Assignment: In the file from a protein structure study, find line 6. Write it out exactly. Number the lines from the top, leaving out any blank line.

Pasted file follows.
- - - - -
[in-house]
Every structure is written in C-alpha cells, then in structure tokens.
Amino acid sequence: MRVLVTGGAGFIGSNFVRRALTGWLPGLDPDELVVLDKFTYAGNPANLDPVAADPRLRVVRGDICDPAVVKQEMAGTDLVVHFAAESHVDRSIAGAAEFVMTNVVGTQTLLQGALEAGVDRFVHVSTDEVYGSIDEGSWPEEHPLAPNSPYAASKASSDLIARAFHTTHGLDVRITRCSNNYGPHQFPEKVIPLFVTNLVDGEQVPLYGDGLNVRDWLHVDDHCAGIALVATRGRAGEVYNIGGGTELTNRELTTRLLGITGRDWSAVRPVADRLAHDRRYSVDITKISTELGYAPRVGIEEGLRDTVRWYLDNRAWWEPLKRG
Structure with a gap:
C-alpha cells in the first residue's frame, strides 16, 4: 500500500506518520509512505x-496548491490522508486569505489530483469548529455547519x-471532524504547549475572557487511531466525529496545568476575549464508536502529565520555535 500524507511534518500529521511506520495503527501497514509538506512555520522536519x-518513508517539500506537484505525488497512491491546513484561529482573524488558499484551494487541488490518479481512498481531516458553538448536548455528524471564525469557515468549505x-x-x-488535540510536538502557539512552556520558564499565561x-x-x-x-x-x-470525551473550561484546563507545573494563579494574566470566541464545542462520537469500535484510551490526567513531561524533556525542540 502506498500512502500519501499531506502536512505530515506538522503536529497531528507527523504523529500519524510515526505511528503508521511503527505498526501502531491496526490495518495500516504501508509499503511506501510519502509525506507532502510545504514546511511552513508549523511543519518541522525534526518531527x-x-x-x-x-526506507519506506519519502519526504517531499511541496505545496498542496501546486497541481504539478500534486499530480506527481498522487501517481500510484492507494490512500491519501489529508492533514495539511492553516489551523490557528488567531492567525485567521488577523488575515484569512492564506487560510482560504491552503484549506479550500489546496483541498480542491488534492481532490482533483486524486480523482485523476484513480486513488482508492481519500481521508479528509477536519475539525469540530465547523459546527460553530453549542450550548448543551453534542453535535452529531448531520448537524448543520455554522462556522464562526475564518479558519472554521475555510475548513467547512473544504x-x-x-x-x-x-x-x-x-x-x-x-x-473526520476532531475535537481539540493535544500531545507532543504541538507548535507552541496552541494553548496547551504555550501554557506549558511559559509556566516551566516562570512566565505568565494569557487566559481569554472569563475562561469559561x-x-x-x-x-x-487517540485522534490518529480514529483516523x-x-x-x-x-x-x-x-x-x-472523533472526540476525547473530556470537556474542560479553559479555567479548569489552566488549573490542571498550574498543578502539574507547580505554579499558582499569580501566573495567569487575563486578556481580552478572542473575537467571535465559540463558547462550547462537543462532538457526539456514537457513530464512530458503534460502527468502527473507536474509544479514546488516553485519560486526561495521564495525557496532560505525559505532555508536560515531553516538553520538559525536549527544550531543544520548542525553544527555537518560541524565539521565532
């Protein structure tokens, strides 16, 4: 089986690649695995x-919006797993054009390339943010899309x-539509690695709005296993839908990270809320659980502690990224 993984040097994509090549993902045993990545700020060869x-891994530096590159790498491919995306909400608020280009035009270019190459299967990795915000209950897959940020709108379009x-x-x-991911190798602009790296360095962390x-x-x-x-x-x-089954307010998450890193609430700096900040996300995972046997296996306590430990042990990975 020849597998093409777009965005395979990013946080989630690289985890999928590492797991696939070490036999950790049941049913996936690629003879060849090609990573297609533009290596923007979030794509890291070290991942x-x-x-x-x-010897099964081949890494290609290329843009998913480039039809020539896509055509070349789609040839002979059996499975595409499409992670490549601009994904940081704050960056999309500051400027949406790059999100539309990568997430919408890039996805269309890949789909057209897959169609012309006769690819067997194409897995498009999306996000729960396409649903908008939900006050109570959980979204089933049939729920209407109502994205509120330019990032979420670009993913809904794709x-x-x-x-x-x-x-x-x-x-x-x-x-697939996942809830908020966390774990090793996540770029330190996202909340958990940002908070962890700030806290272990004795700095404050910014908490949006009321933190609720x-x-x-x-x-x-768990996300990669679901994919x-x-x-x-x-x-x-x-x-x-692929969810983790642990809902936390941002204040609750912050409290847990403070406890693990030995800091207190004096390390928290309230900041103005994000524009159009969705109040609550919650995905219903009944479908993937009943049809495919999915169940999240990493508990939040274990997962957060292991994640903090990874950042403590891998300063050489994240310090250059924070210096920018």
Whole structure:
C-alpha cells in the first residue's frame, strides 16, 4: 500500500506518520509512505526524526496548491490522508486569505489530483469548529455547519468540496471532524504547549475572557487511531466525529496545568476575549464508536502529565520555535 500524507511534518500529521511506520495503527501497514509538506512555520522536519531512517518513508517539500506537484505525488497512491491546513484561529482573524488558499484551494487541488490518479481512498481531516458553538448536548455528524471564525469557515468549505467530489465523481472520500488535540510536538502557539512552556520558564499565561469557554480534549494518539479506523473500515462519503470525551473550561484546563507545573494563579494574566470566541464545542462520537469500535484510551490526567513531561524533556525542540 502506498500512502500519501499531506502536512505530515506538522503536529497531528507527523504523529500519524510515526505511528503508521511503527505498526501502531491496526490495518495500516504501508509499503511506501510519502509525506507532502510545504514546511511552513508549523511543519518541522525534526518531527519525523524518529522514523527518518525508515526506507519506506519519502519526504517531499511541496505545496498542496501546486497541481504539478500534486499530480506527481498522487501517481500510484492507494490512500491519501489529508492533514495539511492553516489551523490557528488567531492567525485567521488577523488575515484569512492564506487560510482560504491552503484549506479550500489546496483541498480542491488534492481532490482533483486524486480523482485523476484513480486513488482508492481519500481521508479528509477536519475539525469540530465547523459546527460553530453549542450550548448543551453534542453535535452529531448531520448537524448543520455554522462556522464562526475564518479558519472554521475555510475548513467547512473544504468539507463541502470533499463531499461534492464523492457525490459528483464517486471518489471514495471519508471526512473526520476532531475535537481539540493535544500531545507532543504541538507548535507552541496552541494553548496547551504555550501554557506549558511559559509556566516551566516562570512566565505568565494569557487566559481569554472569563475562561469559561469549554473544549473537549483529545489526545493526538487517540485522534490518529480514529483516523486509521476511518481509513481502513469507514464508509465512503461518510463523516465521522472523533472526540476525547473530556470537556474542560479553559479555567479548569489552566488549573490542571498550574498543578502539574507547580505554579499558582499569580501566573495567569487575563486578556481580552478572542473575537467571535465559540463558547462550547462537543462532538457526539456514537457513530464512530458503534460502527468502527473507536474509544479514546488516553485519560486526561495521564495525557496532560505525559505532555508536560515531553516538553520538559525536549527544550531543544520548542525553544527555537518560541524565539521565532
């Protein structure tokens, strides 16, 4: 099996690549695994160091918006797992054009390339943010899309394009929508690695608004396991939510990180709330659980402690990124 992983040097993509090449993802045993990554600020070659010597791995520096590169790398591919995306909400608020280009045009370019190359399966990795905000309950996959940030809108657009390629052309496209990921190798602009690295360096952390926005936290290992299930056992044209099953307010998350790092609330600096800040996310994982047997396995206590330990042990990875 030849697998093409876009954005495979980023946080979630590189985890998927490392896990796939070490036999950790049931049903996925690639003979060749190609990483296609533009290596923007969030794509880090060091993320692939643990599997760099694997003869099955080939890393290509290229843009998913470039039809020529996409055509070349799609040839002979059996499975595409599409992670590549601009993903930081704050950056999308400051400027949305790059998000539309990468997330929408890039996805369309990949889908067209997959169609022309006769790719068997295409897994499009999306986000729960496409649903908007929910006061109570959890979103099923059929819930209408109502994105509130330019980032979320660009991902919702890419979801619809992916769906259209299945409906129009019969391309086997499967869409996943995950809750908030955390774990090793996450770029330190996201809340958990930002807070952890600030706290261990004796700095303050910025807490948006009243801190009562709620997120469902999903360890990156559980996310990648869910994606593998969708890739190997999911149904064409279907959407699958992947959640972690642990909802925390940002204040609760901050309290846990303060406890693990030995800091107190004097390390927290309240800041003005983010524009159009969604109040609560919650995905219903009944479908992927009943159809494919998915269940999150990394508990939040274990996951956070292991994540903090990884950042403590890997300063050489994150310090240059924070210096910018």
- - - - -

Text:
């Protein structure tokens, strides 16, 4: 089986690649695995x-919006797993054009390339943010899309x-539509690695709005296993839908990270809320659980502690990224 993984040097994509090549993902045993990545700020060869x-891994530096590159790498491919995306909400608020280009035009270019190459299967990795915000209950897959940020709108379009x-x-x-991911190798602009790296360095962390x-x-x-x-x-x-089954307010998450890193609430700096900040996300995972046997296996306590430990042990990975 020849597998093409777009965005395979990013946080989630690289985890999928590492797991696939070490036999950790049941049913996936690629003879060849090609990573297609533009290596923007979030794509890291070290991942x-x-x-x-x-010897099964081949890494290609290329843009998913480039039809020539896509055509070349789609040839002979059996499975595409499409992670490549601009994904940081704050960056999309500051400027949406790059999100539309990568997430919408890039996805269309890949789909057209897959169609012309006769690819067997194409897995498009999306996000729960396409649903908008939900006050109570959980979204089933049939729920209407109502994205509120330019990032979420670009993913809904794709x-x-x-x-x-x-x-x-x-x-x-x-x-697939996942809830908020966390774990090793996540770029330190996202909340958990940002908070962890700030806290272990004795700095404050910014908490949006009321933190609720x-x-x-x-x-x-768990996300990669679901994919x-x-x-x-x-x-x-x-x-x-692929969810983790642990809902936390941002204040609750912050409290847990403070406890693990030995800091207190004096390390928290309230900041103005994000524009159009969705109040609550919650995905219903009944479908993937009943049809495919999915169940999240990493508990939040274990997962957060292991994640903090990874950042403590891998300063050489994240310090250059924070210096920018």